Statistics reveal that shareholder activism has been on a surge in recent years, with new players entering the activist battleground and more capital flowing into existing activist funds. According to Hedge Fund Research, activist hedge funds had $130 billion in assets under management in the first half of this year, compared to less than $50 billion back in 2010. This surge in activist hedge fund assets under management reflect the unceasing success of these investment vehicles over the years. For that reason, this article will discuss two filings submitted with the SEC by billionaires John Paulson and Carl Icahn. Although Paulson does not usually act as an activist investor, he does engage in activist campaigns on some occasions.
Following activist funds is important because it is a very specific and focused strategy in which the investor doesn’t have to wait for catalysts to realize gains in the holding. An activist fund can simply create its own catalysts by pushing for them through negotiations with the company’s management and directors. In recent years, the average returns of activists’ hedge funds has been much higher than the returns of an average hedge fund. Furthermore, we believe do-it-yourself investors have an advantage over activist hedge fund investors because they don’t have to pay 2% of their assets and 20% of their gains every year to compensate hedge fund managers. We have found through extensive research that the top small-cap picks of hedge funds are also capable of generating high returns and built a system around this premise. In the 38 months since our small-cap strategy was launched it has returned over 102% and beaten the S&P 500 ETF (SPY) by more than 53 percentage points (read more details). Soon, we’ll be releasing a new quarterly newsletter written by former activist hedge fund analyst Michael Bland that tracks ten or so activist campaigns at any given time.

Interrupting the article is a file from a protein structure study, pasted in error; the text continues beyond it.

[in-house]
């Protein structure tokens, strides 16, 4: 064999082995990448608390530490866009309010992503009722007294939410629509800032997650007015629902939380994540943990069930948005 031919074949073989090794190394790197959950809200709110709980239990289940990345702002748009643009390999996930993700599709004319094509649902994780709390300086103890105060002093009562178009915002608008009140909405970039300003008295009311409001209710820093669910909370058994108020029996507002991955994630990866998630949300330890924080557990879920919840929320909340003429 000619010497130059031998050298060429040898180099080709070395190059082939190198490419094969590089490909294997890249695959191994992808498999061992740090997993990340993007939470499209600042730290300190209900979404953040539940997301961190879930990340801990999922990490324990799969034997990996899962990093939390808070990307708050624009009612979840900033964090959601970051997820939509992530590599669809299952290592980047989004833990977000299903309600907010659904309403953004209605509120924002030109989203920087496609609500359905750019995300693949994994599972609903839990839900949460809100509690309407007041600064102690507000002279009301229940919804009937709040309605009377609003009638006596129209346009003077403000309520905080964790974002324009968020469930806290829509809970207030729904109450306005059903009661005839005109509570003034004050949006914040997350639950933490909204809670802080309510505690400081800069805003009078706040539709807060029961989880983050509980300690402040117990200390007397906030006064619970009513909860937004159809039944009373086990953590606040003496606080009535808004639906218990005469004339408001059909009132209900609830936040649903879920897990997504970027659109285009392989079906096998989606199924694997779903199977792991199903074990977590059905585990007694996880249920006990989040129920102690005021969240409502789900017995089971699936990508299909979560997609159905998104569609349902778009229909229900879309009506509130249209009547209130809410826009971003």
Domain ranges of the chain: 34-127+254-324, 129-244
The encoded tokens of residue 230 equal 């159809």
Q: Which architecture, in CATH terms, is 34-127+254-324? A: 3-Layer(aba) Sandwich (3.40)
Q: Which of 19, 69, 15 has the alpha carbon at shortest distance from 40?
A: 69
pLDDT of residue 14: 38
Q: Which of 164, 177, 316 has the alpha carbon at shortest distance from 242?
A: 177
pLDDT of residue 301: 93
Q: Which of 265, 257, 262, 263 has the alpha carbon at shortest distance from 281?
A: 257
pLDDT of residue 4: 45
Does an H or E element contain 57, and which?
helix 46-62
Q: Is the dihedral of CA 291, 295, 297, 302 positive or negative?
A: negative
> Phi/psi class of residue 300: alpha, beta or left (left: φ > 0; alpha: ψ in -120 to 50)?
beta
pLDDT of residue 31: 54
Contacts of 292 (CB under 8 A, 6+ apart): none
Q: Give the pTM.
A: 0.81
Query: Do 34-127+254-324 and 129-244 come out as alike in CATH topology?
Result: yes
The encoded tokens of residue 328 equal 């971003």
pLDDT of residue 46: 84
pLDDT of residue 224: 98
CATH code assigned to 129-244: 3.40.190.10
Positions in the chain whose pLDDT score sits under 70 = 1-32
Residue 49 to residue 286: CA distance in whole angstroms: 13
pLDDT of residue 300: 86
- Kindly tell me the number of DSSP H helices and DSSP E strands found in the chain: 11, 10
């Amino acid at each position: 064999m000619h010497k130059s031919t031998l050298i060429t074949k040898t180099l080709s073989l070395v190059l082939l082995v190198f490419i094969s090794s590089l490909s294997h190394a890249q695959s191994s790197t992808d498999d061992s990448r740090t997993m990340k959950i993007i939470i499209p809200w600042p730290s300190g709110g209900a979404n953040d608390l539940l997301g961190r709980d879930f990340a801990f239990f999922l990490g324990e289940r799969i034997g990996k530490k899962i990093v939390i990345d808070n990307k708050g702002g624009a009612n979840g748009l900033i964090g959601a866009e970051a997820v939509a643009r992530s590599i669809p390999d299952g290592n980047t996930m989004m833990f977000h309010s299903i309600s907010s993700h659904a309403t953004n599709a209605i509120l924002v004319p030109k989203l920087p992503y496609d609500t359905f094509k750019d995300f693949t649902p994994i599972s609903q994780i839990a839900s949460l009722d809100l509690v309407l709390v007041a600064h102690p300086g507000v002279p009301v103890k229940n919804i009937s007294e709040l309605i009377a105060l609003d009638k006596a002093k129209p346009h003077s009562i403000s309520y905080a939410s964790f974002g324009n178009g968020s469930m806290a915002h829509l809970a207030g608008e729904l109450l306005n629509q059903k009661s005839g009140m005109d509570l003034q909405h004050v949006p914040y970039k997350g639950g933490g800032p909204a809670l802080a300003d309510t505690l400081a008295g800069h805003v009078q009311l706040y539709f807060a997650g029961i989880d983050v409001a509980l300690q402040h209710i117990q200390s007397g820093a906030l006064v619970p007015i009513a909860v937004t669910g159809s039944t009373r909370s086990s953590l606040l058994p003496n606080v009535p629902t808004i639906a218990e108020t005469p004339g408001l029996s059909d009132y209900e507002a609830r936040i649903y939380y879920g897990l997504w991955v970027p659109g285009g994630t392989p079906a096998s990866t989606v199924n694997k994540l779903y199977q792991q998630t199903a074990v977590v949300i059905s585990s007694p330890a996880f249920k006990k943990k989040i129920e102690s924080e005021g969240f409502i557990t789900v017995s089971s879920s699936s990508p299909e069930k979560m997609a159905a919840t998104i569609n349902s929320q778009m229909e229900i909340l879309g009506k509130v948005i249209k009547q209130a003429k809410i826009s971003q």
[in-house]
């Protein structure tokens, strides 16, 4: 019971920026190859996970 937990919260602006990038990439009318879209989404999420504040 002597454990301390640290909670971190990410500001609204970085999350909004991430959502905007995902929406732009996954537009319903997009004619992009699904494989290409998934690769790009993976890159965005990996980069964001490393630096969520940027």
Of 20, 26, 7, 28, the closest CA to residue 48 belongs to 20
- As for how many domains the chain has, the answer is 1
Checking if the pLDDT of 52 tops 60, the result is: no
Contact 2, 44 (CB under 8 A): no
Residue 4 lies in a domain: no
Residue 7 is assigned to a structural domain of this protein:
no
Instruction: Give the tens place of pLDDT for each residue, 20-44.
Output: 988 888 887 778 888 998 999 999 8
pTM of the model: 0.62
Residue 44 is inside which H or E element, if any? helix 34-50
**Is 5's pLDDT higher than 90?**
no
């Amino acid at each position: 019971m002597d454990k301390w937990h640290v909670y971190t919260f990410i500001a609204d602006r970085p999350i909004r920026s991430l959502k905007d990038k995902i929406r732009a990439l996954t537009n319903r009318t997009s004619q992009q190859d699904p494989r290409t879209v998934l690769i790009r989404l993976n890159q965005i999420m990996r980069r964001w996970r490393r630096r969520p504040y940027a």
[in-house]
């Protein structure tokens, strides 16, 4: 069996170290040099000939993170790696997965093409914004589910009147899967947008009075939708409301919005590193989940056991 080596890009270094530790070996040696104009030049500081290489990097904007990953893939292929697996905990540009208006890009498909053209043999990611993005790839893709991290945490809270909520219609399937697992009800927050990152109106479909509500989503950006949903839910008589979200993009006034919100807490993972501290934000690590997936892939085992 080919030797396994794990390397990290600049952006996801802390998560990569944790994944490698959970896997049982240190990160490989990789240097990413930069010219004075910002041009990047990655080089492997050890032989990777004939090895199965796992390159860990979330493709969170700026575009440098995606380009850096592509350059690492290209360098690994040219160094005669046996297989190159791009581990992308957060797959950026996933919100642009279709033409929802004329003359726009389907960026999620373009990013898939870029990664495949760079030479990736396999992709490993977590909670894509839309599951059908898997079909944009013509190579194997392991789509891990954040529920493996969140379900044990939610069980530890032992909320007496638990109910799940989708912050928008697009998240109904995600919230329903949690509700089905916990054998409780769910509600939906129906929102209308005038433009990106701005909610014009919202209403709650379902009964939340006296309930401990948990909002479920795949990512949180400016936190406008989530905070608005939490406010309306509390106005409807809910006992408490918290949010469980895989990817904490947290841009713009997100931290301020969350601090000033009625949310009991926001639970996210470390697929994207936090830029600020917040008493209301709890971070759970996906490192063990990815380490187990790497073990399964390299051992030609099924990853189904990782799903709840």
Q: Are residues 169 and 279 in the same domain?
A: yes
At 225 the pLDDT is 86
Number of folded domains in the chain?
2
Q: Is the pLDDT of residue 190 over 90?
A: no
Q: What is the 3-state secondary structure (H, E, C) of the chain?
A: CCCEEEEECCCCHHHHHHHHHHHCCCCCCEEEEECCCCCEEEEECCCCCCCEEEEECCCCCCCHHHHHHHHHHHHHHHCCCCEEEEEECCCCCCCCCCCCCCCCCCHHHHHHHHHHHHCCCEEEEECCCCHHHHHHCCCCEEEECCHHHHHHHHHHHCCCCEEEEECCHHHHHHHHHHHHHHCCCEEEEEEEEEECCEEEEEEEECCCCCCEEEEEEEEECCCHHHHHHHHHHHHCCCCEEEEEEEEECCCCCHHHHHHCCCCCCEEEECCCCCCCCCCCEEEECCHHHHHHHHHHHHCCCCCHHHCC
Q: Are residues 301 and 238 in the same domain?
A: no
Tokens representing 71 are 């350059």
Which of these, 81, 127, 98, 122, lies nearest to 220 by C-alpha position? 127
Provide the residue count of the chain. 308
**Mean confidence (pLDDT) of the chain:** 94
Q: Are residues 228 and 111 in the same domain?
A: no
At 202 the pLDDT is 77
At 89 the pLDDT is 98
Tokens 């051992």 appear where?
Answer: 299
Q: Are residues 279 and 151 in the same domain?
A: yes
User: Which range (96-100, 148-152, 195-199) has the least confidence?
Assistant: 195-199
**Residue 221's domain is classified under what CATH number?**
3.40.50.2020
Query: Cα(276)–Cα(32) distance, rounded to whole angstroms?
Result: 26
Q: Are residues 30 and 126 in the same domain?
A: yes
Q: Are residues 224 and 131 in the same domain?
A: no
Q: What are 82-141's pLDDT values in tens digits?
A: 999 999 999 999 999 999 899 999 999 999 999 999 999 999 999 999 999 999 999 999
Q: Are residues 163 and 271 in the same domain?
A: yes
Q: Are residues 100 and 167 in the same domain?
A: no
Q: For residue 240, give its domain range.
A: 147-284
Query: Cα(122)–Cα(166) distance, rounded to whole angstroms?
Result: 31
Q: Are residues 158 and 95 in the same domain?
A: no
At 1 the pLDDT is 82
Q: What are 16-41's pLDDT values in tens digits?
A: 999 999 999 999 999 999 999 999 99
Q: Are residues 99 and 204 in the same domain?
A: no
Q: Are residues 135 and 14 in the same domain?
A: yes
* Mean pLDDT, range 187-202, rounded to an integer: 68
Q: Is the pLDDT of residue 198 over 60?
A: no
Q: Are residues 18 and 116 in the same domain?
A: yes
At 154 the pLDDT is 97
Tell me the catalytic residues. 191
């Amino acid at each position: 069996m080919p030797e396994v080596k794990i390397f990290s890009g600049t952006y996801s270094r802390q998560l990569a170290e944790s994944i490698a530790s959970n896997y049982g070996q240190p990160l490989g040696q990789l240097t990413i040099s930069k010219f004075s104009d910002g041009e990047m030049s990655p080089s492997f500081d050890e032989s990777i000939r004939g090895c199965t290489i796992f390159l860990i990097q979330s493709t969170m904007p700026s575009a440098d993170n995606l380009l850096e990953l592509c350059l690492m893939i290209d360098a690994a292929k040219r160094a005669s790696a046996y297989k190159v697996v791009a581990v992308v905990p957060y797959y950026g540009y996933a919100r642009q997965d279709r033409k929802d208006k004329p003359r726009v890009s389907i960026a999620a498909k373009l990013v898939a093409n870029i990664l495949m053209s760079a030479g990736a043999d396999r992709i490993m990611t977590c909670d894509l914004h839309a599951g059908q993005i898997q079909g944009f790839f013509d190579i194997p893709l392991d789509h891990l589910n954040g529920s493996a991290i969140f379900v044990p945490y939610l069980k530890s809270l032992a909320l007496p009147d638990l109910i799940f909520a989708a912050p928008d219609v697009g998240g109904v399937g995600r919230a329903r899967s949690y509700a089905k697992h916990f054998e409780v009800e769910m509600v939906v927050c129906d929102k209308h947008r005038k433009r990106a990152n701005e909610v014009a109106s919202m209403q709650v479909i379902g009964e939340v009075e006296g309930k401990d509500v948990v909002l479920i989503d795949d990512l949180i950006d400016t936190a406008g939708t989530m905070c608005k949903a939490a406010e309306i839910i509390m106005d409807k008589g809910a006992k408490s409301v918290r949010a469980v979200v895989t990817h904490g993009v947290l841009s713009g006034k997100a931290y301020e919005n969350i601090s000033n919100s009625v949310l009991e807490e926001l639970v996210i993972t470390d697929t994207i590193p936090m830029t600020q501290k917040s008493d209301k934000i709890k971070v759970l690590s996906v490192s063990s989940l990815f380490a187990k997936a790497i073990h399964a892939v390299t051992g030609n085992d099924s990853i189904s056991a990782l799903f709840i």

According to a Form 4 filing, John Paulson of Paulson & Co. sold 757,900 shares of Cobalt International Energy Inc. (NYSE:CIE) last week at prices in the range of $6.57-to-$7.00 per share, cutting the fund’s overall stake in the company to 40.99 million shares. The freshly-cut stake accounts for 9.89% of the company’s outstanding common stock. The independent exploration and production company has operations in the deepwater U.S. Gulf of Mexico and offshore Angola and Gabon in West Africa, but the company has not started production yet. Cobalt International Energy Inc. (NYSE:CIE) owns a 9.375% non-operated working interest in the Heidelberg project in the U.S. Gulf of Mexico, which is anticipated to commence production in the second quarter of 2016. The company reported a net loss from continuing operations of roughly $49.7 million for the third quarter of 2015, which was down by 26% as compared to the same period a year ago. Meanwhile, the stock appears to be following the ups and downs of crude oil prices, and has lost 29% so far in 2015.
The number of smart money investors with long positions in Cobalt International Energy climbed to 18 from 17 during the September quarter, whereas the value of these positions shrank to $800.11 million from $966.39 million quarter-over-quarter. Hedge funds tracked by Insider Monkey owned 27.30% of the company’s shares at the end of July-to-September reporting period. Israel Englander’s Millennium Management held a 9.06 million-share position in Cobalt International Energy Inc. (NYSE:CIE) on September 30.
Let’s head to the second page of this article, where we discuss a 13D filed by feared activist investor Carl Icahn.